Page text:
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I said in my last blog that Monday’s meeting of the Built Heritage Sub-Committee (BHSC) at City Hall had an unusual outcome. They met to discuss the recommendation by City staff that the current iteration of the proposed expansion of the Château Laurier (above) be accepted. Normally, the committee would vote to either accept staff’s recommendation or reject it, but that’s not what happened.

Instead, BHSC passed a motion conditionally accepting the design – the condition being that it be altered to become more compatible with the Château. Specifically, the motion required “that staff be directed to work with the applicant to make the proposed addition more visually compatible with the existing Chateau Laurier.” What does that mean? Hard to say, it could mean a lot of different things. But one thing it definitely means is that the design has been placed back in the hands of two groups – Larco Investments and City staff – who already thought that the last design was just fine, thank you. Remember that old joke that the definition of insanity was doing the same thing over and over, and expecting the result to change? Apparently, not everyone got the joke.

One interpretation: this is a compromise solution, based on the fear (by no means misplaced) that if BHSC rejected the staff recommendation and sent the current proposal packing, it would simply be overturned the following week by Planning Committee (the next group at City Hall that gets to vote on this). Assuming that City Council then endorsed Planning Committee’s recommendation (which is likely), then we’d be stuck with the current design, with no further alterations possible. So, assuming this compromise motion would be easier for the Planning Committee to accept, it might well be our last, best chance to improve a design that almost everybody agrees is deeply flawed.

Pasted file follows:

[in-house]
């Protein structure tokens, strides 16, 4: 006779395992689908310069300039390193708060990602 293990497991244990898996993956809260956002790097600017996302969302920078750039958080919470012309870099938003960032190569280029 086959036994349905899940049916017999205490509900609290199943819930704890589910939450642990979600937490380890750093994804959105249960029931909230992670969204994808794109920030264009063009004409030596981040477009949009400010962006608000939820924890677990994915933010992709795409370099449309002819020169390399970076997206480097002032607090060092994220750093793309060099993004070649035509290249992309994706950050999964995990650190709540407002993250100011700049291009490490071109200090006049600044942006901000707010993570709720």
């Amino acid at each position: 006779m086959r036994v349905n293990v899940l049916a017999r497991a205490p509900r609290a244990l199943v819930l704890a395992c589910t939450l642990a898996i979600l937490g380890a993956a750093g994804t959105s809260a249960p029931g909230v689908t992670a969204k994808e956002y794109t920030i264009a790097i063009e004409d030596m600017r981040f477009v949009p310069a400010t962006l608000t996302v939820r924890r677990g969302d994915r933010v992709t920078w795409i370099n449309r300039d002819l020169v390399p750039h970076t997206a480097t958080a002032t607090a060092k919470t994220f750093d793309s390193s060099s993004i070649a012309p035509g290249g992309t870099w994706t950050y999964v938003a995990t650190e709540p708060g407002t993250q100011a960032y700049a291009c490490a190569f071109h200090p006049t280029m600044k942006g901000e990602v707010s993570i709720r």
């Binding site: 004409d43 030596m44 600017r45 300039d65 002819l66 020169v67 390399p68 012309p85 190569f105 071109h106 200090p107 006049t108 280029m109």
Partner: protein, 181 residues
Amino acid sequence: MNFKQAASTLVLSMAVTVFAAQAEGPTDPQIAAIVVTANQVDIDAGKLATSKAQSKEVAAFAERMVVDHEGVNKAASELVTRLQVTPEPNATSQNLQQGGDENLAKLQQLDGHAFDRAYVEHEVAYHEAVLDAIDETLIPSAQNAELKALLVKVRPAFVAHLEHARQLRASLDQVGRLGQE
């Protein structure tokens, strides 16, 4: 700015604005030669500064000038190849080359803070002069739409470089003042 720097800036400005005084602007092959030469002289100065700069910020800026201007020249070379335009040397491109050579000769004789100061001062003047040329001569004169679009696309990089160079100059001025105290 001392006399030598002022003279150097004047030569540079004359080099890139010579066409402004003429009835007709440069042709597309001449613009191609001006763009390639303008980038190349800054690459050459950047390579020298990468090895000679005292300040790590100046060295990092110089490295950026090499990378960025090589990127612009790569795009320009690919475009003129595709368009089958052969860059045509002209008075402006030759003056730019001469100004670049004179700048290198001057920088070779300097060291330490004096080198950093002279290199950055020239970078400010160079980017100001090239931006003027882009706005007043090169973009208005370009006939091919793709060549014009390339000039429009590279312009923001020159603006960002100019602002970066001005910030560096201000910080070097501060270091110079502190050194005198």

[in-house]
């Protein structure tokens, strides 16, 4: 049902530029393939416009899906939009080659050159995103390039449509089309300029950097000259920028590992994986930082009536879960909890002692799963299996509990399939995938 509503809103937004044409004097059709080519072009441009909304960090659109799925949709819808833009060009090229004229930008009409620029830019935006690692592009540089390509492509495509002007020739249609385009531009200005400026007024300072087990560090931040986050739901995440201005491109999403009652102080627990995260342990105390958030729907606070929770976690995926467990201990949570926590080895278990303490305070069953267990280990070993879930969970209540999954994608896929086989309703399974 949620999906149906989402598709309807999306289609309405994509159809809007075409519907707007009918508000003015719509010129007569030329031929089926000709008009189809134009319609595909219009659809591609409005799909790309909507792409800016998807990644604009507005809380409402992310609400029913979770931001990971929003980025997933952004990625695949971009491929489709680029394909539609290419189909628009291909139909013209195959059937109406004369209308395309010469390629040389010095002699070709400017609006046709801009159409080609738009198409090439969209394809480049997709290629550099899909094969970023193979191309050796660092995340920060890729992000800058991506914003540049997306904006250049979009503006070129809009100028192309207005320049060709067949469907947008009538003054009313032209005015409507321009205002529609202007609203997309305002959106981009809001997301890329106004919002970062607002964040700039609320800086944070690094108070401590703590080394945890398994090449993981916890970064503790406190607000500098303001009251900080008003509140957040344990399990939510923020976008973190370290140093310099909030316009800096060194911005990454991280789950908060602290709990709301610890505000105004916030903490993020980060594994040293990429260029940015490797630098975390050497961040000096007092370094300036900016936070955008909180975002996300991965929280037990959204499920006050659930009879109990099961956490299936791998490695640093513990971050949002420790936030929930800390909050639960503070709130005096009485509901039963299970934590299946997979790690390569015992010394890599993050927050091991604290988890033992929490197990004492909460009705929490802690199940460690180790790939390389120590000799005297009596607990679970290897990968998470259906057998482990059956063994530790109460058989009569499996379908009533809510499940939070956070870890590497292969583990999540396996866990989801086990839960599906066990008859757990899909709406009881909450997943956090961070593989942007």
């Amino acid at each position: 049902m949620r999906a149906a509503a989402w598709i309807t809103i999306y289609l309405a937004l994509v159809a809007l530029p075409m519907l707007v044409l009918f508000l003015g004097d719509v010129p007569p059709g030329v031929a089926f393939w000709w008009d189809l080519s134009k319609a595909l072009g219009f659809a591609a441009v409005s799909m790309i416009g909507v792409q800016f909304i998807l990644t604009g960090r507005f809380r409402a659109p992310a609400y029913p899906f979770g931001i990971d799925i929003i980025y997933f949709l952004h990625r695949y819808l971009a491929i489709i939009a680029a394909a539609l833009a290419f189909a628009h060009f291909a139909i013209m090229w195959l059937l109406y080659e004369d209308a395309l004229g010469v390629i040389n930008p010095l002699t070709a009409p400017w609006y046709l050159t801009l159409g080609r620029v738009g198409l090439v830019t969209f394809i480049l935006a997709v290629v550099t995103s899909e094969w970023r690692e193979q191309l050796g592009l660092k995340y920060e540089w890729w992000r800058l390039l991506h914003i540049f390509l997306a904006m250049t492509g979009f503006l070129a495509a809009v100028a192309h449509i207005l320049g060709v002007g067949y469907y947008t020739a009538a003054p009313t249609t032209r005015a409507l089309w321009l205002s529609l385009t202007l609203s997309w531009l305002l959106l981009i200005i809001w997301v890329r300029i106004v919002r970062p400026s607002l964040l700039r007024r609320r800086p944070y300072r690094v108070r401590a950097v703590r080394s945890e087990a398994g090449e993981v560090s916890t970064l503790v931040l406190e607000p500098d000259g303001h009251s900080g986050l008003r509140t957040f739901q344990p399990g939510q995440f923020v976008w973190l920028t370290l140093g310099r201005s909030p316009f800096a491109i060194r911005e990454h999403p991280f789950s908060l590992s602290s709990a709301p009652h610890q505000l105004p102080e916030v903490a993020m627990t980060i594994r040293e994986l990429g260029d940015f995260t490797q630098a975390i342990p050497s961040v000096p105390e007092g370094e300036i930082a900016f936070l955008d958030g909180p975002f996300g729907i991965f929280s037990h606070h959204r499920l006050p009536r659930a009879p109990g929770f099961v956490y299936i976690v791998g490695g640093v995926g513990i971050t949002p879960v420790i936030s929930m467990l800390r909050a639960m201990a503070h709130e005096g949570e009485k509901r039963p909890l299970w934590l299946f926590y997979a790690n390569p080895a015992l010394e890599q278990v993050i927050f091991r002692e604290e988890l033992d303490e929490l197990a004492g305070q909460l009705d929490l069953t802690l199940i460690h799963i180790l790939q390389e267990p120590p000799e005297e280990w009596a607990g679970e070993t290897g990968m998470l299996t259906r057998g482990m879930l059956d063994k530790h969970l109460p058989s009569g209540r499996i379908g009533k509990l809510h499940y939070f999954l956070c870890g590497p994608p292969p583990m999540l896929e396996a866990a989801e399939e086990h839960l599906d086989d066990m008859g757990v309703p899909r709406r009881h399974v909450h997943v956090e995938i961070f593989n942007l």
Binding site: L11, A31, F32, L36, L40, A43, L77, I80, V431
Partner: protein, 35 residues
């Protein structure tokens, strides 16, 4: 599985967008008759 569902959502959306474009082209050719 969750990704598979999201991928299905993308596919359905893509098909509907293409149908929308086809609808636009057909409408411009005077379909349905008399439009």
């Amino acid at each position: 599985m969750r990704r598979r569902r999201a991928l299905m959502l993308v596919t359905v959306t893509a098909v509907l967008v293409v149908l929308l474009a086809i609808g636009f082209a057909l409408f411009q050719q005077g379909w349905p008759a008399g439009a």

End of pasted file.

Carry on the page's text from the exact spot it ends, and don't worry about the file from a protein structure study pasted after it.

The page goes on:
If you’re like me, even this mild bureau-speak is starting to make you comatose. Here’s what it boils down to: no one believes that a majority on Planning Committee, which consists entirely of elected City Councillors, has enough interest in either heritage, architectural excellence or public opinion to get in the way of the current design. So this motion is BHSC’s Hail Mary pass – not made in the hope of winning the game, but in the hope of losing it by a little less.

This is, at best, underwhelming. Most of all I am concerned – and frankly discouraged – because the motion seems to have given up any hope that a truly excellent building will result from this process. Instead, we have retreated into a strategy calculated to give us the least terrible result possible under the circumstances. Forget about getting an “A+” addition to one of the most important heritage sites in the country. Or even an A-.

“Maybe the building will finally turn out to be a B+,” a distinguished retired professor of architecture said to me recently in a burst of optimism. Maybe. And maybe that’s now our best-case scenario. In which case, I can only say that no other capital city on the planet would place the bar so low. It is pathetic.

Peter Coffman